On Monday, the New York Times posted “To Fight Stigmas, Start With Treatment,” an interesting article about a semi-recent British reality show called “How Mad Are You?” As the title suggests, the show was about mental illness.

Very simply put, for one week “How Mad Are You?” grouped together 10 people – five with histories of mental illness and five without – and put them through a series of challenges designed to draw out mental illness symptoms.

At the end of the week, three experts in mental health – a psychiatric nurse, a psychiatrist, and a psychologist – were put through another kind of test: Identify the participants with mental illnesses.

Did they succeed?

Not really, according to Sally Satel, M.D., the writer Times article:

They could not. After watching hours of videotape, the experts correctly identified only two of the five people with a history of mental illness. And they misidentified two of the healthy people as having a mental illness.

The point was made: even trained professionals cannot reliably determine mental illness by appearances alone.

That’s interesting stuff, especially when you think about all the doctors out there who pretty regularly diagnose celebrities based solely on what they see on or read in the news.

While the show’s producer, Rob Liddell, feels this inability to accurately determine which person has a mental illness and which one doesn’t shows “that having a mental illness doesn’t have to become your defining characteristic and that it shouldn’t set you apart in society,” Satel believes any re-examined preconceptions about people with mental illness should not lead to the “belief that people with serious mental illness are no different from everyone else.”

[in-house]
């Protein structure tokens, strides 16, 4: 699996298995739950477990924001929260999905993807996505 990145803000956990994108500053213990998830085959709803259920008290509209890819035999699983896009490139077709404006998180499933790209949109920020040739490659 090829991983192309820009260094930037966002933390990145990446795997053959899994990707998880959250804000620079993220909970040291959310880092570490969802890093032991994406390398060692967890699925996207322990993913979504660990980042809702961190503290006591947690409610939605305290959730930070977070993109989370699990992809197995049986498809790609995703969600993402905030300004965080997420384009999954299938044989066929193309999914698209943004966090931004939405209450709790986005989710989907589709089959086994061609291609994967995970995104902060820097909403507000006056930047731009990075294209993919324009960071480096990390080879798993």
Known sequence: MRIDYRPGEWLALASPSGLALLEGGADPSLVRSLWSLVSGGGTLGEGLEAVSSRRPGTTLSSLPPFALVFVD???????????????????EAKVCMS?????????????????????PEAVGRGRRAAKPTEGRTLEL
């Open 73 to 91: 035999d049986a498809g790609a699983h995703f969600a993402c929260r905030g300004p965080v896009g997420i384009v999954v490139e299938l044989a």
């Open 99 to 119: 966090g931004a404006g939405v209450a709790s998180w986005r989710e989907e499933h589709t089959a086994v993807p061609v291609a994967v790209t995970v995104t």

At first, you might think that sounds a bit offensive. I did. But after I thought about it for a while, I decided that, yes, people with serious mental illness are somewhat different.


Well, because we are all different from each other. People with serious mental illness have to manage mental illness. They take prescription medications, attend therapy, and make changes in their lives to avoid triggers. Not everyone does.

At the same time, people preparing to compete in the Olympics engage in rigorous daily training, follow strict diets, and sometimes bring home a fancy medal to show off.

Not everyone does that, either.

However, Satel’s argument doesn’t really have anything to do with my “we are all different” point; rather, she wants the credit for breaking down stigma to go to successful treatments instead of a psychiatrist’s failure to point out who has a mental illness based on simply viewing some video footage.

“Antistigma campaigns are well-meaning but they lack a crucial element. No matter how sympathetic the public may be, attitudes about people with mental illness will inevitably rest upon how much or how little their symptoms set them apart.”

An excellent point all its own (especially given that the five people with mental illness were treating their symptoms), and once again, I agree with her.

Think about it: If you see a person with mental illness – who is treating that mental illness – living an active, healthy, and happy lifestyle and fairly indistinguishable from people who didn’t have mental illness (even by doctors), wouldn’t you be more likely to stop fearing mental illness and start accepting that conditions like depression, bipolar disorder, obsessive-compulsive disorder, and even schizophrenia are all treatable, manageable mental health issues?

I think so.